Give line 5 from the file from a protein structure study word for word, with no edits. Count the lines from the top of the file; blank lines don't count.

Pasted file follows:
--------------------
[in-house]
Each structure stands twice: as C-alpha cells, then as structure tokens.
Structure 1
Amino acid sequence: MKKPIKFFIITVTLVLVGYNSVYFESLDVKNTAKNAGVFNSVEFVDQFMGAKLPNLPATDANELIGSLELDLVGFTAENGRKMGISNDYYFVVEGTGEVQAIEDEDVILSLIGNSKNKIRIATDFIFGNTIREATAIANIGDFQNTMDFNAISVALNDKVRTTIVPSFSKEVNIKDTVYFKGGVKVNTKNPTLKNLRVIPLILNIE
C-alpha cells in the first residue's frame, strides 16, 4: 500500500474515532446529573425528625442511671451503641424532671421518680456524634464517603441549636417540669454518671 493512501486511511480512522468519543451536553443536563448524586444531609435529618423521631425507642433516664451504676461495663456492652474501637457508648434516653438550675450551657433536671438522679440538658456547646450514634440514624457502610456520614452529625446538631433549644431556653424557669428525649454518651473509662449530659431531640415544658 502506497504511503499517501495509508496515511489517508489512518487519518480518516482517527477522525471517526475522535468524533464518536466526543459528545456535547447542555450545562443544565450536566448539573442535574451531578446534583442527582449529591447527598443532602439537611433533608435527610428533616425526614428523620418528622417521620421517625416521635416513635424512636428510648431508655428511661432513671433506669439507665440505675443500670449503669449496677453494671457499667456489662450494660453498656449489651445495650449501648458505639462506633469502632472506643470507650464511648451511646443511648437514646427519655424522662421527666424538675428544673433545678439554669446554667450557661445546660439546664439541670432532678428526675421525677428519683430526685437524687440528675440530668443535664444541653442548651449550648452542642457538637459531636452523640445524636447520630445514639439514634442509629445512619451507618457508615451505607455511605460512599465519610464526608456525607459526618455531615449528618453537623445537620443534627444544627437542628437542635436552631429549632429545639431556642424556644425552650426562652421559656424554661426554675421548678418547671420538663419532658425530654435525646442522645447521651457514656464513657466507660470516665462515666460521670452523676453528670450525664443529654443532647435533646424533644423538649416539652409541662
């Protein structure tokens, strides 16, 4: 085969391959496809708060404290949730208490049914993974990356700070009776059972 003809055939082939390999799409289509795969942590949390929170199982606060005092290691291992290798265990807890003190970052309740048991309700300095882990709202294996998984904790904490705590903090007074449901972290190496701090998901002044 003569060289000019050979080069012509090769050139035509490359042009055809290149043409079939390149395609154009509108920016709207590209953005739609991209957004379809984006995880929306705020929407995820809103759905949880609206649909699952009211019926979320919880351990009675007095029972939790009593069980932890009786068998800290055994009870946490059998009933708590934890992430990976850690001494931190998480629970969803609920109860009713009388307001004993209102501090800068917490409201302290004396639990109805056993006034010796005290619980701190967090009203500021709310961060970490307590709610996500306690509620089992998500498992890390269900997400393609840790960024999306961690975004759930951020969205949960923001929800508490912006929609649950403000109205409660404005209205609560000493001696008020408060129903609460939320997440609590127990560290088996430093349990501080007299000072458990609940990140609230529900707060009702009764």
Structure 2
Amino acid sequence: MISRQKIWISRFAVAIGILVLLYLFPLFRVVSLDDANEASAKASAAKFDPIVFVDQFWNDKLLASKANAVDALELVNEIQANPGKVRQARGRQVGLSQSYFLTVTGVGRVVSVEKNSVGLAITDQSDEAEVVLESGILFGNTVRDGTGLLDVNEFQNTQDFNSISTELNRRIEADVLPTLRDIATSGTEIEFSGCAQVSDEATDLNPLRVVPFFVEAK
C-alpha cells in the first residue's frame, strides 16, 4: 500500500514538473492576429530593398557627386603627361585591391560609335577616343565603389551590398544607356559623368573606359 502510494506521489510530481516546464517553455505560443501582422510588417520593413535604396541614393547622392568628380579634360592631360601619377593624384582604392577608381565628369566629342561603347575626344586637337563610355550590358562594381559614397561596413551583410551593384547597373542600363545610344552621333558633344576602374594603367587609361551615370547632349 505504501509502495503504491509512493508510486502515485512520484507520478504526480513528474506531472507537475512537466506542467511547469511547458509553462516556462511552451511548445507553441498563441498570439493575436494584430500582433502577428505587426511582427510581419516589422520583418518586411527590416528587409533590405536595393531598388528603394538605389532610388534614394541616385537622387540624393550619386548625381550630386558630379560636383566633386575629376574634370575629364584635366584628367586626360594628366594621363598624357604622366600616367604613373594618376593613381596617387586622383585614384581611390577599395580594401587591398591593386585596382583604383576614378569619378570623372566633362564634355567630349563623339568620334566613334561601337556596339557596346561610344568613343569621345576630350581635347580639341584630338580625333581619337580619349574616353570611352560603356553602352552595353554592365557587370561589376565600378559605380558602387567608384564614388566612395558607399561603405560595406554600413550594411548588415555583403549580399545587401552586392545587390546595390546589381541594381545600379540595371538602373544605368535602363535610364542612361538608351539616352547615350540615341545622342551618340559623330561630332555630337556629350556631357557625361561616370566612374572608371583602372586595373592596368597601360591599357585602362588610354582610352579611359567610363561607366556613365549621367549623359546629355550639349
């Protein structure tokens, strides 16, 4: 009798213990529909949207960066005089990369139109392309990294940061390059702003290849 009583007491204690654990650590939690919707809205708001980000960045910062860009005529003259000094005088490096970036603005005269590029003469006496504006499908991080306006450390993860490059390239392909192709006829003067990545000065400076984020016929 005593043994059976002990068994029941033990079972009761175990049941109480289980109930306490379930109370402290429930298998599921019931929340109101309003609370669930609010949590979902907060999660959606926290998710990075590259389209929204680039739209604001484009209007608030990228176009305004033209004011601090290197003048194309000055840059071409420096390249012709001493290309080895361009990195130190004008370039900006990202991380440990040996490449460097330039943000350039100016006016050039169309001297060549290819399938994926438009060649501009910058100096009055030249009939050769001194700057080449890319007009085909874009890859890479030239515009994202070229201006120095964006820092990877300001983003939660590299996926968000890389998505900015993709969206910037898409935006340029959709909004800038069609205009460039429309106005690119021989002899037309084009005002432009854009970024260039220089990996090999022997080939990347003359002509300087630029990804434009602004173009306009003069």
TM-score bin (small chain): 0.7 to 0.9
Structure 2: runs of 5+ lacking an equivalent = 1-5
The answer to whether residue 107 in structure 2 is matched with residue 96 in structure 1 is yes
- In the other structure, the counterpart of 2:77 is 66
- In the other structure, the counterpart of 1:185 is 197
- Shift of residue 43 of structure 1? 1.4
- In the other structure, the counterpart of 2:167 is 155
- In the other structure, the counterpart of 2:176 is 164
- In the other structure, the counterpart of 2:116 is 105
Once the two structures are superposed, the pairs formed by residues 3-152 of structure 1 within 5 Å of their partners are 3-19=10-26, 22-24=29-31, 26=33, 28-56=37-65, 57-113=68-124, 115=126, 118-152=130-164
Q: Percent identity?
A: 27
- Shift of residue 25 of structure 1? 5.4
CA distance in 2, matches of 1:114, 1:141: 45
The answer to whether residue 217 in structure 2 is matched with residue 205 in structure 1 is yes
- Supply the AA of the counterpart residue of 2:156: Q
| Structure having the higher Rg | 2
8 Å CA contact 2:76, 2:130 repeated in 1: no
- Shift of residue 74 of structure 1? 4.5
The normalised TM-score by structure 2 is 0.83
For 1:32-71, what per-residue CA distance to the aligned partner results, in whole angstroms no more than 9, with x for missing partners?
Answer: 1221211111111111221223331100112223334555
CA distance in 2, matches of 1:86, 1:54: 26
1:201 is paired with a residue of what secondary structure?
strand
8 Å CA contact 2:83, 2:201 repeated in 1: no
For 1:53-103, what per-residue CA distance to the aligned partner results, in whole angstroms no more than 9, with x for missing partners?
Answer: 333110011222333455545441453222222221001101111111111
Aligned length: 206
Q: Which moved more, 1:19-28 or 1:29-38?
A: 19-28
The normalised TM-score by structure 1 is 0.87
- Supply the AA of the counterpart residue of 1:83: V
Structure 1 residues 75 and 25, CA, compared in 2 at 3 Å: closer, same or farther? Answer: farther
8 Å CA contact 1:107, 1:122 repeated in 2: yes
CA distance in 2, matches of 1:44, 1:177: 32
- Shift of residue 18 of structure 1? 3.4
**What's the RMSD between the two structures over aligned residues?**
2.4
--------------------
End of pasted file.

C-alpha cells in the first residue's frame, strides 16, 4: 500500500474515532446529573425528625442511671451503641424532671421518680456524634464517603441549636417540669454518671 493512501486511511480512522468519543451536553443536563448524586444531609435529618423521631425507642433516664451504676461495663456492652474501637457508648434516653438550675450551657433536671438522679440538658456547646450514634440514624457502610456520614452529625446538631433549644431556653424557669428525649454518651473509662449530659431531640415544658 502506497504511503499517501495509508496515511489517508489512518487519518480518516482517527477522525471517526475522535468524533464518536466526543459528545456535547447542555450545562443544565450536566448539573442535574451531578446534583442527582449529591447527598443532602439537611433533608435527610428533616425526614428523620418528622417521620421517625416521635416513635424512636428510648431508655428511661432513671433506669439507665440505675443500670449503669449496677453494671457499667456489662450494660453498656449489651445495650449501648458505639462506633469502632472506643470507650464511648451511646443511648437514646427519655424522662421527666424538675428544673433545678439554669446554667450557661445546660439546664439541670432532678428526675421525677428519683430526685437524687440528675440530668443535664444541653442548651449550648452542642457538637459531636452523640445524636447520630445514639439514634442509629445512619451507618457508615451505607455511605460512599465519610464526608456525607459526618455531615449528618453537623445537620443534627444544627437542628437542635436552631429549632429545639431556642424556644425552650426562652421559656424554661426554675421548678418547671420538663419532658425530654435525646442522645447521651457514656464513657466507660470516665462515666460521670452523676453528670450525664443529654443532647435533646424533644423538649416539652409541662